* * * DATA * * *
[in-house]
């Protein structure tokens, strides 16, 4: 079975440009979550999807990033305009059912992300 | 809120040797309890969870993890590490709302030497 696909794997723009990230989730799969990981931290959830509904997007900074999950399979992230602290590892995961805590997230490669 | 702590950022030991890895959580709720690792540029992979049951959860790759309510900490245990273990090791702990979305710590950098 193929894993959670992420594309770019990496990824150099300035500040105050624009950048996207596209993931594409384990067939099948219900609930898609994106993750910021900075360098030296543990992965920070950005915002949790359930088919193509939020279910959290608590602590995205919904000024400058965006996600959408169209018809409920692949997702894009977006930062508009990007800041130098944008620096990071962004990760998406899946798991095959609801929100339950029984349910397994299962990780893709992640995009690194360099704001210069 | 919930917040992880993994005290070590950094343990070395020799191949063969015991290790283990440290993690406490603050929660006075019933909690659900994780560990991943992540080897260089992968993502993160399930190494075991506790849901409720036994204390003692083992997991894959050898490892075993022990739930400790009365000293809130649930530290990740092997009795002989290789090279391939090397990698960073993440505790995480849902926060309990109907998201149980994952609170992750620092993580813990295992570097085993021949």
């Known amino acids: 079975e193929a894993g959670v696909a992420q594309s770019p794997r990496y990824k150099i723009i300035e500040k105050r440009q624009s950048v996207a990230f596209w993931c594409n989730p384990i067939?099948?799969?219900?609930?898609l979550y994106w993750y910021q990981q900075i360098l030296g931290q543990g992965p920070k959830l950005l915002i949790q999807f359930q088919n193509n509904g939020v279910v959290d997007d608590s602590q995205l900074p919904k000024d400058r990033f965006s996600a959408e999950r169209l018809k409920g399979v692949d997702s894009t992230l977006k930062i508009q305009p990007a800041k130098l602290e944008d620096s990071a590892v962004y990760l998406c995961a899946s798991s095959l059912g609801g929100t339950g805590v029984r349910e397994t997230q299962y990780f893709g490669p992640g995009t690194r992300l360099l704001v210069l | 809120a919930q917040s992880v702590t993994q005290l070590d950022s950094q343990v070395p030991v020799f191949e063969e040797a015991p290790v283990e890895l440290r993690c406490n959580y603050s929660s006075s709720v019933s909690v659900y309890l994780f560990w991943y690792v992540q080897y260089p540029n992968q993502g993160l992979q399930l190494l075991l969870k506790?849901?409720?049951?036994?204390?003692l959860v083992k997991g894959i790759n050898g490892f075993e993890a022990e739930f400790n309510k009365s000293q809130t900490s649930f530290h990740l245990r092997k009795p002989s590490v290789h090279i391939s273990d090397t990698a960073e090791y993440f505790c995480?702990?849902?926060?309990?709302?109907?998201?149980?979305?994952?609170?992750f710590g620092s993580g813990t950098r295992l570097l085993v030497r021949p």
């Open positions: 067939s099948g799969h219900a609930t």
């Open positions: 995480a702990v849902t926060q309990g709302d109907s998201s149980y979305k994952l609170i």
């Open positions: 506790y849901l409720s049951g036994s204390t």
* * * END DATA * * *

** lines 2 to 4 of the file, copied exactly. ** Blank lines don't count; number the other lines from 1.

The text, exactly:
């Protein structure tokens, strides 16, 4: 079975440009979550999807990033305009059912992300 | 809120040797309890969870993890590490709302030497 696909794997723009990230989730799969990981931290959830509904997007900074999950399979992230602290590892995961805590997230490669 | 702590950022030991890895959580709720690792540029992979049951959860790759309510900490245990273990090791702990979305710590950098 193929894993959670992420594309770019990496990824150099300035500040105050624009950048996207596209993931594409384990067939099948219900609930898609994106993750910021900075360098030296543990992965920070950005915002949790359930088919193509939020279910959290608590602590995205919904000024400058965006996600959408169209018809409920692949997702894009977006930062508009990007800041130098944008620096990071962004990760998406899946798991095959609801929100339950029984349910397994299962990780893709992640995009690194360099704001210069 | 919930917040992880993994005290070590950094343990070395020799191949063969015991290790283990440290993690406490603050929660006075019933909690659900994780560990991943992540080897260089992968993502993160399930190494075991506790849901409720036994204390003692083992997991894959050898490892075993022990739930400790009365000293809130649930530290990740092997009795002989290789090279391939090397990698960073993440505790995480849902926060309990109907998201149980994952609170992750620092993580813990295992570097085993021949």
């Known amino acids: 079975e193929a894993g959670v696909a992420q594309s770019p794997r990496y990824k150099i723009i300035e500040k105050r440009q624009s950048v996207a990230f596209w993931c594409n989730p384990i067939?099948?799969?219900?609930?898609l979550y994106w993750y910021q990981q900075i360098l030296g931290q543990g992965p920070k959830l950005l915002i949790q999807f359930q088919n193509n509904g939020v279910v959290d997007d608590s602590q995205l900074p919904k000024d400058r990033f965006s996600a959408e999950r169209l018809k409920g399979v692949d997702s894009t992230l977006k930062i508009q305009p990007a800041k130098l602290e944008d620096s990071a590892v962004y990760l998406c995961a899946s798991s095959l059912g609801g929100t339950g805590v029984r349910e397994t997230q299962y990780f893709g490669p992640g995009t690194r992300l360099l704001v210069l | 809120a919930q917040s992880v702590t993994q005290l070590d950022s950094q343990v070395p030991v020799f191949e063969e040797a015991p290790v283990e890895l440290r993690c406490n959580y603050s929660s006075s709720v019933s909690v659900y309890l994780f560990w991943y690792v992540q080897y260089p540029n992968q993502g993160l992979q399930l190494l075991l969870k506790?849901?409720?049951?036994?204390?003692l959860v083992k997991g894959i790759n050898g490892f075993e993890a022990e739930f400790n309510k009365s000293q809130t900490s649930f530290h990740l245990r092997k009795p002989s590490v290789h090279i391939s273990d090397t990698a960073e090791y993440f505790c995480?702990?849902?926060?309990?709302?109907?998201?149980?979305?994952?609170?992750f710590g620092s993580g813990t950098r295992l570097l085993v030497r021949p």
């Open positions: 067939s099948g799969h219900a609930t």